Caring for an older adult with dementia is full of challenges. The disease can cause all kinds of difficult behaviors that present challenges to caregivers. One of the behaviors dementia can cause is screaming and crying. The older adult might call out for help or cry for hours.
Unfortunately, this behavior can be particularly frustrating because, of course, you don’t want your older family member to be in distress, yet they cannot tell you what is wrong. Though you may feel for the senior, listening to them cry or yell can also be irritating to caregivers, especially if they don’t know what to do about it.
While different people respond to different things, below are some ideas to try that may help when your loved one is screaming or crying.
Understand the Cause
Knowing the cause of your aging relative’s outburst may help you to react to it appropriately. Some things that can lead to crying or yelling in dementia patients are:
- Being afraid.
- Pain or discomfort.
- Trying to tell you they need something, like a drink or food.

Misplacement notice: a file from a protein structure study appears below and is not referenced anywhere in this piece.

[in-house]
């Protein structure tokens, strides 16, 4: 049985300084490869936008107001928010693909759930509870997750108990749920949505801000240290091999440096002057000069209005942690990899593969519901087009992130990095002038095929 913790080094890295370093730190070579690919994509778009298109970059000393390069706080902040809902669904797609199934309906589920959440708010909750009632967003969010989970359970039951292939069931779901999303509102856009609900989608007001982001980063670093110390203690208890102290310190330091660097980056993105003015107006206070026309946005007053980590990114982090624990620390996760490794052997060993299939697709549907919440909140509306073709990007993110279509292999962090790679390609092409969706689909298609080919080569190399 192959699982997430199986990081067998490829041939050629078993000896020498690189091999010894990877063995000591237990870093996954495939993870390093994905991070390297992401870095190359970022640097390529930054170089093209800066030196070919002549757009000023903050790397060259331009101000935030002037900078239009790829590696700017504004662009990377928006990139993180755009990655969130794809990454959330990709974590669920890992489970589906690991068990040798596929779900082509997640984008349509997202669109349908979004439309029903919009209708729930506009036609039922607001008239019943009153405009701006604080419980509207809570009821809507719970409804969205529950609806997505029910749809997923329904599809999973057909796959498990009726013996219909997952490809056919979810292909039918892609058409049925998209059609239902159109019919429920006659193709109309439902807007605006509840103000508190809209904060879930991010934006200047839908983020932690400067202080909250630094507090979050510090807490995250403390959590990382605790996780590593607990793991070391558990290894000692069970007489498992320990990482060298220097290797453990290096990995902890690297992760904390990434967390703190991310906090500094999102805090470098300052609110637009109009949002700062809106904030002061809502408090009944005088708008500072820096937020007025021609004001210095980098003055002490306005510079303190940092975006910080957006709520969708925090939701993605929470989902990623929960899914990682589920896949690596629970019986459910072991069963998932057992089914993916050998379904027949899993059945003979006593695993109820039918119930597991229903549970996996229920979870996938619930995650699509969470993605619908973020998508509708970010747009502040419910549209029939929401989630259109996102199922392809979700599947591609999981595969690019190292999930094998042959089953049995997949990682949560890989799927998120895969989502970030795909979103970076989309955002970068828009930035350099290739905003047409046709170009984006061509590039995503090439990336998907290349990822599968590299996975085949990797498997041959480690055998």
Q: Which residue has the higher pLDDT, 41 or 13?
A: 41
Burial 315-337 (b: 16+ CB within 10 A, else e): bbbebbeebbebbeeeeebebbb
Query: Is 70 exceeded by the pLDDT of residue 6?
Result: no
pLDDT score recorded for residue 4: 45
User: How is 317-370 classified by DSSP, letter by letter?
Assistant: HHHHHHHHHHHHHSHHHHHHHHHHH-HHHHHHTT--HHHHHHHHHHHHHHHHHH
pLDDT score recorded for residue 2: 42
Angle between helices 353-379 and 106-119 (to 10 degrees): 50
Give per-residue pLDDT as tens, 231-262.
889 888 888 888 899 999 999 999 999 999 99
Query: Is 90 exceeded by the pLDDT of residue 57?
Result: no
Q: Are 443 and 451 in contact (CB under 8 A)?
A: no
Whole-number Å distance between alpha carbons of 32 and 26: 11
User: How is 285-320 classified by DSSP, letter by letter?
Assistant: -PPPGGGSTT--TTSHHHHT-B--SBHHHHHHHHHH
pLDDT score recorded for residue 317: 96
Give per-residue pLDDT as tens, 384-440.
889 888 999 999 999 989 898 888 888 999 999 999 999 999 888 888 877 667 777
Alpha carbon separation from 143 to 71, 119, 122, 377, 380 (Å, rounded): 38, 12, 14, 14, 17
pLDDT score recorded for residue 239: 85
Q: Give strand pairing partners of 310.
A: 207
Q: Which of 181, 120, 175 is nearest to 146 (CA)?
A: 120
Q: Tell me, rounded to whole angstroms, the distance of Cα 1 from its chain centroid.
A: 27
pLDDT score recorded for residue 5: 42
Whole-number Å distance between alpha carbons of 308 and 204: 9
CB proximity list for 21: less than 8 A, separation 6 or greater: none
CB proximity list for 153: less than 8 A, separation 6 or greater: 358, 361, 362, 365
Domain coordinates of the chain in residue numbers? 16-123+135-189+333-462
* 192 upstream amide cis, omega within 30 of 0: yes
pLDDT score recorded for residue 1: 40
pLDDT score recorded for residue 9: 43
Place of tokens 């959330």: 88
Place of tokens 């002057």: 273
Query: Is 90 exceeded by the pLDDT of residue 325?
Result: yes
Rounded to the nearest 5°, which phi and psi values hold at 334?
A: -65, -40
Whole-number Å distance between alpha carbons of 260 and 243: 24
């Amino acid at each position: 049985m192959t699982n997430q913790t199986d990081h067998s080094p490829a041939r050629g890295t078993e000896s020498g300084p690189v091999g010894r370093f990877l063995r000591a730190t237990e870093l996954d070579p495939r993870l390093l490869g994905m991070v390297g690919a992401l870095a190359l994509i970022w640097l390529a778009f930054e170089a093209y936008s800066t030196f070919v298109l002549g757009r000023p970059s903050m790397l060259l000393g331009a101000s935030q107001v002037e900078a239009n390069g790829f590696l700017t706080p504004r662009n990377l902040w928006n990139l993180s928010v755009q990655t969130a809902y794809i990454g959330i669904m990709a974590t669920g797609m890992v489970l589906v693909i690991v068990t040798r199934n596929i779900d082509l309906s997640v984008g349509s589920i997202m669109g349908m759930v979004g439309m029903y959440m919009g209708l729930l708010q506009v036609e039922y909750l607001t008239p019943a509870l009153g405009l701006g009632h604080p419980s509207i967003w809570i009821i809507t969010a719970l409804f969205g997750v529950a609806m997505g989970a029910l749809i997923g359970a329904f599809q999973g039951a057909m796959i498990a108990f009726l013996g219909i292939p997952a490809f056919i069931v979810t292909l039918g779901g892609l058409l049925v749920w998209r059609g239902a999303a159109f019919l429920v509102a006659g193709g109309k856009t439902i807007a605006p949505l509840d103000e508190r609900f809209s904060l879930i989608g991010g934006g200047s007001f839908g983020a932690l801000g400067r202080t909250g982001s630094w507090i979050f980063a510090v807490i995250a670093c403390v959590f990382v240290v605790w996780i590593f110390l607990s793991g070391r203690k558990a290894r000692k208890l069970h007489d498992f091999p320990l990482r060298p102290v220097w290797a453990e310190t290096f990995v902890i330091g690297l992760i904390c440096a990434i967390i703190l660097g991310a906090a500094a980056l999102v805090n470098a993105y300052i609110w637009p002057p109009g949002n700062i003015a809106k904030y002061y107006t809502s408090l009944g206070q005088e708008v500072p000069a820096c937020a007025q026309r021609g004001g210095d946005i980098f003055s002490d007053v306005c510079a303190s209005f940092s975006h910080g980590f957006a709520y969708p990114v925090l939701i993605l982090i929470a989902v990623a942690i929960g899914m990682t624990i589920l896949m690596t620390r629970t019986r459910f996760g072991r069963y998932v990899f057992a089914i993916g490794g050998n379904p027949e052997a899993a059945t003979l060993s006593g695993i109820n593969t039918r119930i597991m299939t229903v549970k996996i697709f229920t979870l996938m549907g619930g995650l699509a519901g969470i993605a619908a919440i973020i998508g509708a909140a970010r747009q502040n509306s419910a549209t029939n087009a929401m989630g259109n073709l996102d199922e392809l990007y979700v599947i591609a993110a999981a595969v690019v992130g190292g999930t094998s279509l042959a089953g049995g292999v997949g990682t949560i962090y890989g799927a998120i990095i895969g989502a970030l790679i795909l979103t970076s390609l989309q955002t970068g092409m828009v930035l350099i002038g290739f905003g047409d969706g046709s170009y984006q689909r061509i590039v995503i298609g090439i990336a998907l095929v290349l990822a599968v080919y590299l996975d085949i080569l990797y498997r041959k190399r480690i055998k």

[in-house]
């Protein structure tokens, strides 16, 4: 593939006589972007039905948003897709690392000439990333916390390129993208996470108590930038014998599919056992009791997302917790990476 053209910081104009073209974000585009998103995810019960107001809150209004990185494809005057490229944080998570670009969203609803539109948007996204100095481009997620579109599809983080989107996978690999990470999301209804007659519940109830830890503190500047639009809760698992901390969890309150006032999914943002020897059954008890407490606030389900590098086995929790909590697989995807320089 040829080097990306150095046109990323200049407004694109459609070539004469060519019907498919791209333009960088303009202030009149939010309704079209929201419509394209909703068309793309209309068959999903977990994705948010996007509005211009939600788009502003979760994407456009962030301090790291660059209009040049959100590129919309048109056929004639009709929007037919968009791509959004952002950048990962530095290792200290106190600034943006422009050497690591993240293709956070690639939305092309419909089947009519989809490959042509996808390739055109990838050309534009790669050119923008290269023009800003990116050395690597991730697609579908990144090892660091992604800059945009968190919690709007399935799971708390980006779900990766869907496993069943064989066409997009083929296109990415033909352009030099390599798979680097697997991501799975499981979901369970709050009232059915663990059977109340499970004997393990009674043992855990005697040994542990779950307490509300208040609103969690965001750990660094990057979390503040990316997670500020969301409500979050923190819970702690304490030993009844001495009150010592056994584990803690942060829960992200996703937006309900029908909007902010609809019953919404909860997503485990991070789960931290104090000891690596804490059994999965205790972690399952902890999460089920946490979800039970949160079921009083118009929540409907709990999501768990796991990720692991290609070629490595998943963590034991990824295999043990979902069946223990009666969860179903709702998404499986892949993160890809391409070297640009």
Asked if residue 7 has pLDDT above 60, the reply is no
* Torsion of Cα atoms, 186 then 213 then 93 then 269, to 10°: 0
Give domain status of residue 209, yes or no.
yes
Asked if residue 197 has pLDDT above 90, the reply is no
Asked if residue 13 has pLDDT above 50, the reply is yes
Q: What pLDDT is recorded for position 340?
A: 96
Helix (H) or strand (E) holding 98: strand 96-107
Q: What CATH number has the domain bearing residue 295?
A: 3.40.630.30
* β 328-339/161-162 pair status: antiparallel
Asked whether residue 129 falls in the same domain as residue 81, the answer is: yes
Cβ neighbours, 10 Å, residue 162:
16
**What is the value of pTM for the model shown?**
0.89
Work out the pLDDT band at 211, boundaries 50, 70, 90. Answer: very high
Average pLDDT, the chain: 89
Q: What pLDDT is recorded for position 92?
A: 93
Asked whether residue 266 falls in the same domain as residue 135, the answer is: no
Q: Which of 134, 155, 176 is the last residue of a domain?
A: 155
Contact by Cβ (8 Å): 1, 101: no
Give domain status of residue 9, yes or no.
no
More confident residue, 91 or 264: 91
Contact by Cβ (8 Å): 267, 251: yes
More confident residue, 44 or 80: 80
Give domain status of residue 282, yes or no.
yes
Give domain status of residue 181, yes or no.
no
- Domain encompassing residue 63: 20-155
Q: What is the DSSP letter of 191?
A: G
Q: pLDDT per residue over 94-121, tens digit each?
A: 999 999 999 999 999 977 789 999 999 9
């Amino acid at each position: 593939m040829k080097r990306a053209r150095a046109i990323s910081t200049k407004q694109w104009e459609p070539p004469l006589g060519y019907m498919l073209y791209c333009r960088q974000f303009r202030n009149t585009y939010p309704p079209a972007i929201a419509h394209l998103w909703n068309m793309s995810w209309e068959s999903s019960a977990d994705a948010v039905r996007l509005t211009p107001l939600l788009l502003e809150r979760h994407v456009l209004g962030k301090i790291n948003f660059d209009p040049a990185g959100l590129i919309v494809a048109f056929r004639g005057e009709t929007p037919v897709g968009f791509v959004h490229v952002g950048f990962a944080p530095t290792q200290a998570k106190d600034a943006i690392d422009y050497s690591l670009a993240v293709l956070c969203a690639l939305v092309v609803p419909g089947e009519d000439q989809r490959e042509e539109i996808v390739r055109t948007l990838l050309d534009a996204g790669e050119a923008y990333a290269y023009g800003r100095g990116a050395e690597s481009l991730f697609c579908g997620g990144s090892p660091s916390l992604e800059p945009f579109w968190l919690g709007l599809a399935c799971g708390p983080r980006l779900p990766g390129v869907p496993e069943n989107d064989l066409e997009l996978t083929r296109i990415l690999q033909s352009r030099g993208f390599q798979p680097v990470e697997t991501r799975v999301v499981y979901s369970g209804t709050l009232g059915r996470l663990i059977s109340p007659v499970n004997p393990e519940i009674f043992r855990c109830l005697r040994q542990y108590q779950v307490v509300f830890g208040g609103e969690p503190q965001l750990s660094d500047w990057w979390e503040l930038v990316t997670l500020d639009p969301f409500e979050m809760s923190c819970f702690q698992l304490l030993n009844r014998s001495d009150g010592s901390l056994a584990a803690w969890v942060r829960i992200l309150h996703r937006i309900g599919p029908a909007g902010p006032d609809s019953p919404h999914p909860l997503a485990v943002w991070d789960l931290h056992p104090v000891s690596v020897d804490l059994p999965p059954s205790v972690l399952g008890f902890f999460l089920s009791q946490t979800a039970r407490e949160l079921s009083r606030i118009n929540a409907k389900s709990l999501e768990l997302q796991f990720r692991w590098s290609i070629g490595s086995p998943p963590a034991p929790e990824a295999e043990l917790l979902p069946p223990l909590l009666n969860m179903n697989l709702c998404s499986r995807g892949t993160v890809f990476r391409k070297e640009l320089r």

- Feeling sad or lonely.
If the behavior is caused by a need or by being uncomfortable, you may be able to take care of the problem and make the behavior stop. Even if you cannot determine the cause of the behavior, just knowing that it is a symptom and not a personal reaction to you may help you to stay calm.
Provide Clear Instructions and Explain What is Happening
Sometimes screaming and crying occurs because the senior is confused or frightened by what is happening. For example, you may be trying to help them undress to get ready for bed, but they don’t understand why. Talk to the senior as you do things and include them. Be clear about why you want them to change their clothes or go with you to another room.
Help the Older Adult to Stay Active
People with dementia have the same needs as anyone else. They need exercise to use up excess energy and things to do that stimulate and interest them. Preventing boredom can be one of the key components to reducing unwanted behaviors. Try simplifying some household tasks so that the older adult can be involved and feel like a productive member of the household. Also, offer them ways to use their creativity, such as painting, drawing, or making crafts.
While tips like these may help to reduce challenging behaviors, sometimes it’s just not possible to avoid them completely. Coping with dementia in an aging relative is hard and what many caregivers really need is someone to help. Home care provides compassionate care to older adults, allowing family members to take a break when they need to. Home care providers are adept at working with older adults to keep them happy, safe, and comfortable. Home care agencies do their best to match clients up with staff members who have the particular skills and experience needed.